Social media treats anti-Asian racism as normal. That needs to change


“Your dog is so cute,” a classmate texted me after my dog walked into the background of a Zoom call. “He looks so tasty!”

“Excuse me?” I asked. 

“I thought you’d be happy, aren’t you Chinese?” he replied. 

It was an obvious attempt at a joke, but unfortunately, my sense of humor doesn’t include racism and microaggressions. 

In our society today, racism against Asians has been so normalized that it’s often overlooked despite its blatancy. TikTokers dance to songs that openly mock Asians, and racist stereotypes about the ways we speak and eat are thrown in our faces under the pretense of being “just jokes.” 

With the increased prevalence of TikTok, many old songs are reemerging in popularity amongst app users. One sound is a clip of a rap, “The Race,” by social media star Victoria Rose Waldrip, better known as Woah Vicky. The twenty-year-old released the song in 2017 in an attempt to diss YouTuber RiceGum, born Bryan Le. In the clip, Vicky repeats, “Ching chong ching chong ching chong, bitch // (meow meow meow meow meow) // I don’t eat no cat, bitch.” 

The phrase “ching chong” has been used for years to mock the way that Chinese people speak, although the term is used to ridicule other Asians as well. 

In an interview with Fox Sports Net in 2002, basketball star Shaquille O’Neal said, “Tell Yao Ming, ‘Ching-chong-yang-wah-ah-soh.’” Later O’Neal apologized, saying that it was a joke and apologizing to anyone he offended. 

Despite the unapologetic intolerance in Vicky’s diss track, nearly 5,000 videos have been made using the sound. Although many are using the sound to raise awareness about the normalized racism against Asians and Asian Americans, there are countless other insensitive videos, such as a man dancing to the song, pulling his eyes to the side while making eating motions when Vicky makes meowing sounds with the caption “NEW DANCE ALERT.” 

Others are using the sound to make videos about their disappointing test scores, or to call the song a “certified banger” or a “K-pop song,” and to tell Asians not to take everything so seriously. 

The normalization of racism against Asians and Asian Americans has created a paradigm in which every Asian who is offended by the racist jokes being made at their expense is a “snowflake” or “soft.” People, including O’Neal, claim that it’s just a joke — just “dark humor” — and that excuse is almost always quickly accepted, xenophobia forgotten. 

When Woah Vicky first released “The Ride,” she received backlash from people who said her song was offensive and disrespectful to Asians. She eventually issued an apology, clarifying that the remarks made in her song were only directed towards RiceGum. Regardless of who Vicky was targeting, the insults she used in her song were a compilation of outdated stereotypes and derogatory phrases used to insult an entire race. Despite her blatant ignorance and disregard of her audience’s attitudes, Vicky still has nearly three million followers on Instagram and frequently releases new songs, which a committed fan base of tens of thousands gladly streams.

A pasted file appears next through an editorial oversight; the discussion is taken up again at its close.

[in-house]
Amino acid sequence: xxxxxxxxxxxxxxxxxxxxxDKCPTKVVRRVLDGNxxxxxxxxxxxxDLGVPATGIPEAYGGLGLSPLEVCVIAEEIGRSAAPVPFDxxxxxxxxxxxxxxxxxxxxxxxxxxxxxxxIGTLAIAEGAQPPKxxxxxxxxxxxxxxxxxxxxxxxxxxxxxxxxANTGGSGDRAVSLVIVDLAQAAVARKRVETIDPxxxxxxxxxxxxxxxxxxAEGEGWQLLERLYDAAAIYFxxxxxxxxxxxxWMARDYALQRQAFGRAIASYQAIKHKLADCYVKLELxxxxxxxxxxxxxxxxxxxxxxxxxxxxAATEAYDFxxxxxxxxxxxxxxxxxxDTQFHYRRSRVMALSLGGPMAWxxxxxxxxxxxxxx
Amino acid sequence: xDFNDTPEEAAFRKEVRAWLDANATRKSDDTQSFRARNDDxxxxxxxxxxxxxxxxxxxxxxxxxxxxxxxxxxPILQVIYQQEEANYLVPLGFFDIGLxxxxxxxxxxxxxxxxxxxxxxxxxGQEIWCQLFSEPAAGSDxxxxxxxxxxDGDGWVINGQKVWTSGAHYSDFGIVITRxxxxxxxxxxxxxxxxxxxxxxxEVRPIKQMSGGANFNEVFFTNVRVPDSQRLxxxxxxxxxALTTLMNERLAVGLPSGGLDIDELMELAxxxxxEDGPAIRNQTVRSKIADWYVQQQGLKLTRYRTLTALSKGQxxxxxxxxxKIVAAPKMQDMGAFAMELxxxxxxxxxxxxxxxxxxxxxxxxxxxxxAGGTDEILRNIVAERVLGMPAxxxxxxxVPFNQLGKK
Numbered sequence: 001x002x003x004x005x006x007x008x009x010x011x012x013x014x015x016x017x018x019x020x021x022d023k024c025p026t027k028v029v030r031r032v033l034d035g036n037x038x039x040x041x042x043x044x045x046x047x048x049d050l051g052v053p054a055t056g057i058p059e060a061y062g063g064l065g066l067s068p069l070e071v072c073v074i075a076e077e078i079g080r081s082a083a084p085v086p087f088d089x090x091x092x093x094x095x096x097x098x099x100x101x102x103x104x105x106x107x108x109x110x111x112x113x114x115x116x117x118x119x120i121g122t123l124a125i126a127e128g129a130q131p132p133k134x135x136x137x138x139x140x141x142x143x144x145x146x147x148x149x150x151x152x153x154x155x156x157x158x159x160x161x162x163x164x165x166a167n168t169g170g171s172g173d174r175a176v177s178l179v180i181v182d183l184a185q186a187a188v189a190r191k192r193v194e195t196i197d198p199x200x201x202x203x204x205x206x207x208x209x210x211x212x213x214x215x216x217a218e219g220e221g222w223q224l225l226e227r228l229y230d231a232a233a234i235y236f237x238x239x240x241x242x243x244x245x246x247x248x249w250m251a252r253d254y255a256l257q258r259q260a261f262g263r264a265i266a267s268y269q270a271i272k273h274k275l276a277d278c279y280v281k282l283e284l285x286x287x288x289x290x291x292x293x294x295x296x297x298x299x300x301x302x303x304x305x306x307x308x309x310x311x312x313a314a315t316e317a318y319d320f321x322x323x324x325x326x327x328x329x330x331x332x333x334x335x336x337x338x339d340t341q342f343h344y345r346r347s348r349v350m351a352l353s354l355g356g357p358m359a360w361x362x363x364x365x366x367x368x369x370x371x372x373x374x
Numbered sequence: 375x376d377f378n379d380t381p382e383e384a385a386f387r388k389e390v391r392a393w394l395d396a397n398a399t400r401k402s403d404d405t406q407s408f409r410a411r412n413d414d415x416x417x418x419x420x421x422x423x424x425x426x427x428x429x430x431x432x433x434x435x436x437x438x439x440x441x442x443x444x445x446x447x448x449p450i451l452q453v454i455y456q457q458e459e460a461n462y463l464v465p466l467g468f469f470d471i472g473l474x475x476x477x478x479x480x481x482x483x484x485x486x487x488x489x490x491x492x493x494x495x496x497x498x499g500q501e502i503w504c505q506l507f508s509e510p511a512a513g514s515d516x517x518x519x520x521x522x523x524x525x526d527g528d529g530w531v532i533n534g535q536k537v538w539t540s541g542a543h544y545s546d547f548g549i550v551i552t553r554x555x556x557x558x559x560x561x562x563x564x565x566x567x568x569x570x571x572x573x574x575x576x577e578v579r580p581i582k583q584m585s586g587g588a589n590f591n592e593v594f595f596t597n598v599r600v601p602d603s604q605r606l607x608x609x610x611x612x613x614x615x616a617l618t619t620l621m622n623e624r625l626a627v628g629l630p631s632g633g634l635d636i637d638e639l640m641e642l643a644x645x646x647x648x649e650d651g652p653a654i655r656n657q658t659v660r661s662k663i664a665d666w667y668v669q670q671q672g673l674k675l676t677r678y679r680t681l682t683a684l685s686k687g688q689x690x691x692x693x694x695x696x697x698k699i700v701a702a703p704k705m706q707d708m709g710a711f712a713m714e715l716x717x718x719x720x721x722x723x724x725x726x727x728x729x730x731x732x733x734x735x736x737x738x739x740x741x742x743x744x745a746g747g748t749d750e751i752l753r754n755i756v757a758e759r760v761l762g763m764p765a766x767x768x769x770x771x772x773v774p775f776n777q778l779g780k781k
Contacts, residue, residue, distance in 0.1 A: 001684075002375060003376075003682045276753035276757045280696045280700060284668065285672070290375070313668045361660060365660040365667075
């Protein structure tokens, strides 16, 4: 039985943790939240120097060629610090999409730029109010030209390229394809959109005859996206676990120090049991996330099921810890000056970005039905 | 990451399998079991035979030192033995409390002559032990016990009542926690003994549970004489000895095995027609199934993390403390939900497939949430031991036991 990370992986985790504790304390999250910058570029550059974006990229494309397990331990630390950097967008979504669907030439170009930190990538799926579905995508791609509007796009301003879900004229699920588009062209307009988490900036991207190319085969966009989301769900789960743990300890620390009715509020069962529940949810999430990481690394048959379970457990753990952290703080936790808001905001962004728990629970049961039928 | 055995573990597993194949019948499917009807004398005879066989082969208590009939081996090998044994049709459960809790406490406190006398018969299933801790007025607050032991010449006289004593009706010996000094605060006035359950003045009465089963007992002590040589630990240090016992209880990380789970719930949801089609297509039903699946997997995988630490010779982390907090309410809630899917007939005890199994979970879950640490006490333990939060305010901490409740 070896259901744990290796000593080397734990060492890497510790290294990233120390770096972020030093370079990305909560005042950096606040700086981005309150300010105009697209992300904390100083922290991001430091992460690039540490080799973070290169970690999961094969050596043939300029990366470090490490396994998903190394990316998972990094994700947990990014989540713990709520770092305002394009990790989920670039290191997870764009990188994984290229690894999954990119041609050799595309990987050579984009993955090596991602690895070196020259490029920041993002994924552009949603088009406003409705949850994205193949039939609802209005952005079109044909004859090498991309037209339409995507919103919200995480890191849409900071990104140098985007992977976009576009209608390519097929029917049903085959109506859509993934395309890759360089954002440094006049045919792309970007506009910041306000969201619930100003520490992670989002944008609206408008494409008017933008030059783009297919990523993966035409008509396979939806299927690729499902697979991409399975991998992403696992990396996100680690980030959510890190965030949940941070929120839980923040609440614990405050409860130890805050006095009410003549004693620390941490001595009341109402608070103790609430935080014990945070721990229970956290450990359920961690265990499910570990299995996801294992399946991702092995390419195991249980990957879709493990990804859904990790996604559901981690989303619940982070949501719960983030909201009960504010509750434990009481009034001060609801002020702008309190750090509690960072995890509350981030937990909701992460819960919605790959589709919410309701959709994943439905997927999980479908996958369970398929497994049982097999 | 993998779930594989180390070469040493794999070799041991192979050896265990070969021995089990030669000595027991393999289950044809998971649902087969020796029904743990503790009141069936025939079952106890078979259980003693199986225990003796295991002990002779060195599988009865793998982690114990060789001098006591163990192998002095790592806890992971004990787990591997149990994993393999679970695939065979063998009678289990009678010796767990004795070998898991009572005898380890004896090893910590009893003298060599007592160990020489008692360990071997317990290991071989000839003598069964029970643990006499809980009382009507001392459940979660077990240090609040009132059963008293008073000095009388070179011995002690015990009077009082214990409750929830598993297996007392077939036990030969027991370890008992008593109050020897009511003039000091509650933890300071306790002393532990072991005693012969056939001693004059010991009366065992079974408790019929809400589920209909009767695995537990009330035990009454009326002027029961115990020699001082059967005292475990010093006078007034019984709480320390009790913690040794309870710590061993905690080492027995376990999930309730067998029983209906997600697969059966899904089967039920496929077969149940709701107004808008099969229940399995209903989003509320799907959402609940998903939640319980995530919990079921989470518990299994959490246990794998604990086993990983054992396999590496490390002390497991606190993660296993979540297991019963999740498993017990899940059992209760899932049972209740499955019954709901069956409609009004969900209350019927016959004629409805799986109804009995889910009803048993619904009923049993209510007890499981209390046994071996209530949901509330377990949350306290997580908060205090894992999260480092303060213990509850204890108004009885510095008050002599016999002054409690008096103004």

Because of COVID-19, Asian Americans have been the target of racial discrimination now more than ever. It started off as relatively general jokes about the virus itself and its symptoms, but as the pandemic became more widespread and its origins more well known, Asians and their diets became the butt of many jokes. 

Before my high school closed down in March, my classmates joked that they had coronavirus and coughed on their friends in the halls. These jokes soon moved to TikTok, where students expressed their annoyance at “the guy who ate the bat” and hoped that “the Chinese learned their lesson to stop eating dogs.” 

Then, our president began calling it the “Chinese virus,” a term that quickly became adopted by other government officials. I’ve seen and experienced sinophobia, just never openly from our nation’s supposed “role models.”

As online platforms expand, it’s much easier for people to develop a flippant attitude towards racism and discrimination. Being able to hide behind a screen makes it easier for offensive gestures and actions to take place because there is a preconception that there will be no repercussions. 

The continuation of these trends can only lead to more insensitivity and apathy. It will drive a barrier between people and will enforce the idea that racism is okay, as long as there is a shadow of humor behind it. 

This behavior cannot continue. While society as a whole is taking steps forward in various aspects of social change and progress, there are countless areas where we can change, and need to change. 

The model minority stereotype — that Asians experience higher levels of economic success through their obedience and hard work — is a myth that makes it all too easy for the needs of Asian Americans to be marginalized and ignored. It often isolates Asian Americans from other minorities who are facing similar forms of discrimination and microaggressions. 

As I’ve grown older, my responses to people’s offensive microaggressions have matured as well. My eye shape is not a trend; I don’t eat dogs and math is not my favorite subject. Dancing to a song in which “ching chong” makes up the majority of the lyrics is not funny, and asking if we know who ate the bat is not lighthearted banter. This virus is a worldwide, human tragedy — not just a Chinese one. Jokes formed from offensive and outdated stereotypes cannot just be blown off as “dark humor.” It’s racism, and it needs to change. 

Contact Amanda Zhu at amandaz9888 ‘at’

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Amanda Zhu is a high schooler writing as part of The Daily's Summer Journalism Workshop.